The Sting of Feeling Misunderstood

There’s Something About Mary – Part Five

In my third year of marriage, I found out that we were expecting our first child. I was in my early twenties, but I looked even younger than I really was.

Now, some women can be pregnant and look really cute with their itty-bitty soccer balls for bellies, but I wasn’t one of them. When I was pregnant, I got huge everywhere. My feet. My face. My arms. They would all swell to ridiculous proportions. Even my fingers got so big that, after five months of pregnancy, I couldn’t wear my wedding ring anymore.

Of course, everyone said I “glowed,” but I think I glowered instead.

I remember being in the grocery store – and other places too – when I would get certain looks by other people. Looks that didn’t seem kind.

I felt misunderstood. Wrongly judged.

I wonder if Mary, at the tender age of fourteen and pregnant before her wedding day, ever felt the same way. Wrongly accused. Falsely judged.

I wonder if she ever wanted to shout, “It’s not what you think! This is actually a God-ordained blessing from heaven. And someday, you’re gonna’ thank me for it.”

Mary was so misunderstood.

When other people saw the “facts” about Jesus and his origins, they came to the wrong conclusion. Of course, Mary had privileged information. She knew some additional facts that hardly anyone else knew.

I wonder if she ever tried to explain. Then again, it’s possible that her explanations would have made things worse. It might have sounded awfully prideful to announce yourself as the mother of the Messiah.

Mary was so misunderstood.

She was misunderstood by her fiancé, and it took a divine act of God to intervene on her behalf.

She was also misunderstood by everyone in her hometown of Nazareth. And the shame that surrounded her pregnancy lingered. Even three decades later, when Jesus was astounding people with his teaching in synagogues and healing people with all manner of illnesses, a derogatory reminder of his less-than-legitimate origins would still come up.

“Is not this the carpenter, the son of Mary?” (Mark 6:3)

This was an intentional slur.

In Hebrew culture, a son was referred to as the “son of” and then his father’s name. For example:

  • Son of Adam
  • Son of Abraham
  • Son of Jesse
  • Son of David
  • Son of Zebedee

In the Bible, there are over 1,600 instances of the phrase “son of” and then the father’s name. However, there are less than a dozen times a son is mentioned as the “son of” and then his mother’s name.

In some cases, such as Esau’s, there were multiple wives; thus, the sons were denoted in the genealogy as to which woman bore them. Yet, more often than not, whenever “son of” and the mother’s name appear, it is generally done so in a scathing manner.

  • Son of Hagar – to differentiate between Ishmael and Isaac, the son of Abraham (Genesis 21:9-10)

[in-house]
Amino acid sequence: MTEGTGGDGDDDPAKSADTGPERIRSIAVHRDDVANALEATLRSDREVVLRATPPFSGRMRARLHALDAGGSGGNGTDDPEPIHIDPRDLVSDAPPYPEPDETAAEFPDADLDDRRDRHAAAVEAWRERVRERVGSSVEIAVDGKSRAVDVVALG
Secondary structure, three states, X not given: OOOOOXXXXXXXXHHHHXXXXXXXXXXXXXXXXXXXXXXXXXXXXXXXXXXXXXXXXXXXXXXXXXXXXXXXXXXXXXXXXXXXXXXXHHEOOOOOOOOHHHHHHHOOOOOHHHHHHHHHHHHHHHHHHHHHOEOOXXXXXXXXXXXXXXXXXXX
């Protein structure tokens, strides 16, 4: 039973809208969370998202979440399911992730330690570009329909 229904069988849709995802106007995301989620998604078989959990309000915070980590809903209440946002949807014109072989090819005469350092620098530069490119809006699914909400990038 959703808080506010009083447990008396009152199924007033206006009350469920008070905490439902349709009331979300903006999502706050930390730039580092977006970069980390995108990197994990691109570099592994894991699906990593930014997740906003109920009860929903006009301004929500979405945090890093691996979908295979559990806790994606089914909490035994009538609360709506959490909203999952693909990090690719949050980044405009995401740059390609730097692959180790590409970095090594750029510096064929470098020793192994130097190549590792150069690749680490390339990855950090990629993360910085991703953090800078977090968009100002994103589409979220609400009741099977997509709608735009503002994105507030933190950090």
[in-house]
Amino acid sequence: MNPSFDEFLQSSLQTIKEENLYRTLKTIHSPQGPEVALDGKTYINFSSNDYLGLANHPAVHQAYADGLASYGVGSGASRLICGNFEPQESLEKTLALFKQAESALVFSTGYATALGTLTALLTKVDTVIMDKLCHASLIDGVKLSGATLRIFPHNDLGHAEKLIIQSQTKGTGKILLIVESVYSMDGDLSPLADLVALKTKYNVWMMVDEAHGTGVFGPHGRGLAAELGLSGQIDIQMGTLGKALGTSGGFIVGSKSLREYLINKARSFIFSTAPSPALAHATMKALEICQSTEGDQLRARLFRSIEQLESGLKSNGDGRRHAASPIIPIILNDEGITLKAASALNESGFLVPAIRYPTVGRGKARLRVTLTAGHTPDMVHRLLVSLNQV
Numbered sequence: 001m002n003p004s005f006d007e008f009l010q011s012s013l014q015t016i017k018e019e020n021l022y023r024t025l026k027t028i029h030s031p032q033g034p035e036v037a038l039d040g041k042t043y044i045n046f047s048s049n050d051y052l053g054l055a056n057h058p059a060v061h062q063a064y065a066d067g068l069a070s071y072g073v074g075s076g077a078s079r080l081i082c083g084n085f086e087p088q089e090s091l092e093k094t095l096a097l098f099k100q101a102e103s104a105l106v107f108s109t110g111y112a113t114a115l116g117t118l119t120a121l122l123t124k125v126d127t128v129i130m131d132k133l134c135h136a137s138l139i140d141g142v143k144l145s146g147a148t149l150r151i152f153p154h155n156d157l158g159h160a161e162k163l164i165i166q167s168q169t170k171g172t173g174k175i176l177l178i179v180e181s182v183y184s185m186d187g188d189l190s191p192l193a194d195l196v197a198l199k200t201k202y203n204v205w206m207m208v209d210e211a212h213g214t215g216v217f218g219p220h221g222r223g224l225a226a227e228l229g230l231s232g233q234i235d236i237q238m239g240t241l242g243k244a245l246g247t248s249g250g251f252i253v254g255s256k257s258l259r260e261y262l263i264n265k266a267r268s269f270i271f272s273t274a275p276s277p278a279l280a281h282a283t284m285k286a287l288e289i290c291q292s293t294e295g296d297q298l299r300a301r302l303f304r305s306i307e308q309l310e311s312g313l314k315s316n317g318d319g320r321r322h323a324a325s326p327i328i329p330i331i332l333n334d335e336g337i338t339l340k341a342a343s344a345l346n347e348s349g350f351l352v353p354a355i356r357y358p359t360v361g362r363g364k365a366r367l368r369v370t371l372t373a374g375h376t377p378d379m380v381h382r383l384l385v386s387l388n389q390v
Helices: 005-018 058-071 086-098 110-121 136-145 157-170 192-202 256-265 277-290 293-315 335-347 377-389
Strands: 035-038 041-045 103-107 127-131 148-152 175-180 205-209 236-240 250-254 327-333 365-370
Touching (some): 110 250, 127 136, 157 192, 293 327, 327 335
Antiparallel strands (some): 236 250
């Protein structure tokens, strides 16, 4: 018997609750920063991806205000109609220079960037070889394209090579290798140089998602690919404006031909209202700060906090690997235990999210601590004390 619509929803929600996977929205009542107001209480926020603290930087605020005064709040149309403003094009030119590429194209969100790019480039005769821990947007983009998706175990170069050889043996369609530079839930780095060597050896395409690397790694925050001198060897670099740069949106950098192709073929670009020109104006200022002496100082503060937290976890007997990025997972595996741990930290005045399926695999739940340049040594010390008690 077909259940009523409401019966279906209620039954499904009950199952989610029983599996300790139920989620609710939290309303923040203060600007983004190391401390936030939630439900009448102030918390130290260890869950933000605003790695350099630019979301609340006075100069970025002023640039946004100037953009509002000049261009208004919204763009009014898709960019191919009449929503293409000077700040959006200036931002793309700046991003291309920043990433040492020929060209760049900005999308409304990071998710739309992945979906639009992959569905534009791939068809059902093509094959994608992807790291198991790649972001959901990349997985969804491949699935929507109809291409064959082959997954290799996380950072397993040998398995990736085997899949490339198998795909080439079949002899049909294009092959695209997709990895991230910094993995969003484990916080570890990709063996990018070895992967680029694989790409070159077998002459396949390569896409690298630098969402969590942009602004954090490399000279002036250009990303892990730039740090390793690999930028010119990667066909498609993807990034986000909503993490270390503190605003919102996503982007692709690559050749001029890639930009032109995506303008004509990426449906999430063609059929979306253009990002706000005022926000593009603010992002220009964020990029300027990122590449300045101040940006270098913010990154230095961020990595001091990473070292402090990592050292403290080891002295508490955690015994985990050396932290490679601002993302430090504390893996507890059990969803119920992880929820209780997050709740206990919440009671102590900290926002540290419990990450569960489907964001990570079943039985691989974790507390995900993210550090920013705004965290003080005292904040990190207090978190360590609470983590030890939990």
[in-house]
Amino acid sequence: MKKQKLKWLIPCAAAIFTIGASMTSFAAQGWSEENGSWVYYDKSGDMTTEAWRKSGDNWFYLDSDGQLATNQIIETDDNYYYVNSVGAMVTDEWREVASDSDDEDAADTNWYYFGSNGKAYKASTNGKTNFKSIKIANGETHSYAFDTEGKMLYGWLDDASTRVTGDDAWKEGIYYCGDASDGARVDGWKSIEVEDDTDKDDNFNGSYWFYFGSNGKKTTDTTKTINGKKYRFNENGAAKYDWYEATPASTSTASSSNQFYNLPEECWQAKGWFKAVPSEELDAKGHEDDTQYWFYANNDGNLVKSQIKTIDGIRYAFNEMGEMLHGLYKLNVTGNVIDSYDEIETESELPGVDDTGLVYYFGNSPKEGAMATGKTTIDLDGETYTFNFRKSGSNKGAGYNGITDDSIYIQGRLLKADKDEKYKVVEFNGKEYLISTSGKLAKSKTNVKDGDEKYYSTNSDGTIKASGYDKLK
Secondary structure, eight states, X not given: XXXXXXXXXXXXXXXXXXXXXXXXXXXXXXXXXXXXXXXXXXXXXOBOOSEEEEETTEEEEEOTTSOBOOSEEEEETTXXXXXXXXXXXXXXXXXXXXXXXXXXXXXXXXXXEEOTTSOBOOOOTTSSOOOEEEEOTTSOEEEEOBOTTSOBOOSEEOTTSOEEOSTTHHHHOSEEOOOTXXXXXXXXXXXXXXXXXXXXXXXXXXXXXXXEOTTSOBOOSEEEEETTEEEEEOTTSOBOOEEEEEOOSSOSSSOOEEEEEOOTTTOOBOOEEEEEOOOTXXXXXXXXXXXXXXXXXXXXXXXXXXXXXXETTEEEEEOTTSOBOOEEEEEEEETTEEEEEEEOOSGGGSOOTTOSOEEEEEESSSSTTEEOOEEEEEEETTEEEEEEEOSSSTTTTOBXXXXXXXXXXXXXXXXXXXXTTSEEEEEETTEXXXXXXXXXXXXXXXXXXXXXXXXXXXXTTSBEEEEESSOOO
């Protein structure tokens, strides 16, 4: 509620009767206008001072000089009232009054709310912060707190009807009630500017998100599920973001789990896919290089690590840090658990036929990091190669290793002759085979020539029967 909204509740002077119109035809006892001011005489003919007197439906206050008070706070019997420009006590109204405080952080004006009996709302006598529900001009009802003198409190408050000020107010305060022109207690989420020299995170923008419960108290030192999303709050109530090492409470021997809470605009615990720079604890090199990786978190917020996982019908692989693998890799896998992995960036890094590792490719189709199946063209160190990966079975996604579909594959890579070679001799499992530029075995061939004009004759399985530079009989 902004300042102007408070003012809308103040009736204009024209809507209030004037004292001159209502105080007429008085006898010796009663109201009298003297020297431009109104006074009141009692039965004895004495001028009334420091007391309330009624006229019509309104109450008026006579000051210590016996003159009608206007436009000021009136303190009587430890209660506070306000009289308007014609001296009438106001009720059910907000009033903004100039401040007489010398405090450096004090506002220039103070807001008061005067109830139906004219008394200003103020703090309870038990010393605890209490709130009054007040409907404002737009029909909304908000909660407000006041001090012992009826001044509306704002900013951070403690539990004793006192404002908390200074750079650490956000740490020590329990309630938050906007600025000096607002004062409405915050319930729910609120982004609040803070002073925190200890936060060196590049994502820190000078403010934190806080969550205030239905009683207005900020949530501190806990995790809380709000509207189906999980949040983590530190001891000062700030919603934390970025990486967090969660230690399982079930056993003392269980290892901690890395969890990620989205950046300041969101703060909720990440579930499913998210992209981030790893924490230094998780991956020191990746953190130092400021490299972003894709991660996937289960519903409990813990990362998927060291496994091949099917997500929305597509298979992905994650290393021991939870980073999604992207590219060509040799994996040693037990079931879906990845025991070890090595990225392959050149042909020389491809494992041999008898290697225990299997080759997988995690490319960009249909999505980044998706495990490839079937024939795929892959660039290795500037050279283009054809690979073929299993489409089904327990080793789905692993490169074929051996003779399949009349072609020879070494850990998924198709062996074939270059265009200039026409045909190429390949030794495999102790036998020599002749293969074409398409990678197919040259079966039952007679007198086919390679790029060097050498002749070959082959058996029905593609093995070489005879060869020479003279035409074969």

• Son of a harlot (Judges 11:12)
  • Son of an Israelite woman whose father was an Egyptian (Leviticus 24:10)
  • Son of Mary (Mark 6:3)

These words were marred with the sting of hurtful intent. It was a petty reminder that Jesus was not the son of Joseph, and everybody knew it.

Mary was so misunderstood.

It’s one thing to suffer with the support of friends. It’s another thing to suffer in silence, refusing to lash out at those who make false assumptions based on partial information.

Is not this the carpenter, the son of Mary?

Surely decades of scorn took its toll on this aging woman’s soul. Mary suffered. She suffered the persecution of righteousness. In fact, she is the very first person to suffer persecution because of Jesus.

When Jesus preached the Sermon on the Mount, I wonder if Mary was among the multitudes to hear her son proclaim the beatitudes. I wonder if Jesus ever gave his mom a hug and whispered these words:

“Blessed are you when people insult you, persecute you and falsely say all kinds of evil against you because of me. Rejoice and be glad, because great is your reward in heaven.” (Matthew 5:11-12)

Mary suffered the gossip and slander. And she suffered in silence. But she maintained a quiet dignity, the kind only possible from genuine humility.

There’s something about Mary.

To be continued . . .

(This is a seven-part series.
I will post every Monday-Wednesday-Friday until its completion.)

5 thoughts on “The Sting of Feeling Misunderstood

  1. Thank you for this post! I've also wondered about the criticism and prejudice Mary must have endured throughout her life. I'm curious if Joseph stood up for his wife, and if they both had to keep their heavenly knowledge under wraps throughout Jesus' childhood, until He proclaimed Himself the Son of God.
    I found your blog through Warren Baldwin a few weeks back, and I hope it's okay that I linked it to my blog. I really enjoy your writing and I look forward to reading through your older posts.
    I hope you and your family have a blessed New Year!

  2. Delia, that's wonderful that people 'still' think you're a teenager! But I do understand what it's like to be 'misunderstood.' Blessings to you today.

    Kathy: Thanks for stopping by.

    Carla: Thank you. I love studying Scripture from a different perspective.

  3. Wow!
    I am just under 5' and even at 34 people mistake me for a teenager. When I was pregnant with my daughter I got many disapproving looks. I was 25 years old, a Kindergarten teacher and married…little did they know. 😉 How interesting to look at it from Mary's perspective. Thanks.

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